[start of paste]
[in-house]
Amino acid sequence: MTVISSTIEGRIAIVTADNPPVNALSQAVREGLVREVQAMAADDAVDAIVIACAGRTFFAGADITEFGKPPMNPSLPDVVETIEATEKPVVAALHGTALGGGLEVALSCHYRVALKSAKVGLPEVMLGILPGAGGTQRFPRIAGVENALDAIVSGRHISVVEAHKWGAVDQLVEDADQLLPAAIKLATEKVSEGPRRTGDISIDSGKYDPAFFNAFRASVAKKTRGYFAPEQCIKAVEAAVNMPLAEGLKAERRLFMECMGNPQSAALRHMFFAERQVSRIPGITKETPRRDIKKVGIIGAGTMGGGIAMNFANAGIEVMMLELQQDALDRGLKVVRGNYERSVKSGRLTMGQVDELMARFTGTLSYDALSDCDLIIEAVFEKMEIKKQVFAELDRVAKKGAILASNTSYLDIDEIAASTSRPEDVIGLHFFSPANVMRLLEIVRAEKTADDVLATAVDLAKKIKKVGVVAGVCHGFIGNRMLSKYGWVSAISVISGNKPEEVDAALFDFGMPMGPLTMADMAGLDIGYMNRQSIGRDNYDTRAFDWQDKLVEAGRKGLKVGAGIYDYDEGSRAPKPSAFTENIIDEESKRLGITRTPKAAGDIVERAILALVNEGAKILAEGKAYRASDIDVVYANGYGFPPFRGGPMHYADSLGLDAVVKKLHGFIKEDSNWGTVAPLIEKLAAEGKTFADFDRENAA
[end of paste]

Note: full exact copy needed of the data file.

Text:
[in-house]
Amino acid sequence: MTVISSTIEGRIAIVTADNPPVNALSQAVREGLVREVQAMAADDAVDAIVIACAGRTFFAGADITEFGKPPMNPSLPDVVETIEATEKPVVAALHGTALGGGLEVALSCHYRVALKSAKVGLPEVMLGILPGAGGTQRFPRIAGVENALDAIVSGRHISVVEAHKWGAVDQLVEDADQLLPAAIKLATEKVSEGPRRTGDISIDSGKYDPAFFNAFRASVAKKTRGYFAPEQCIKAVEAAVNMPLAEGLKAERRLFMECMGNPQSAALRHMFFAERQVSRIPGITKETPRRDIKKVGIIGAGTMGGGIAMNFANAGIEVMMLELQQDALDRGLKVVRGNYERSVKSGRLTMGQVDELMARFTGTLSYDALSDCDLIIEAVFEKMEIKKQVFAELDRVAKKGAILASNTSYLDIDEIAASTSRPEDVIGLHFFSPANVMRLLEIVRAEKTADDVLATAVDLAKKIKKVGVVAGVCHGFIGNRMLSKYGWVSAISVISGNKPEEVDAALFDFGMPMGPLTMADMAGLDIGYMNRQSIGRDNYDTRAFDWQDKLVEAGRKGLKVGAGIYDYDEGSRAPKPSAFTENIIDEESKRLGITRTPKAAGDIVERAILALVNEGAKILAEGKAYRASDIDVVYANGYGFPPFRGGPMHYADSLGLDAVVKKLHGFIKEDSNWGTVAPLIEKLAAEGKTFADFDRENAA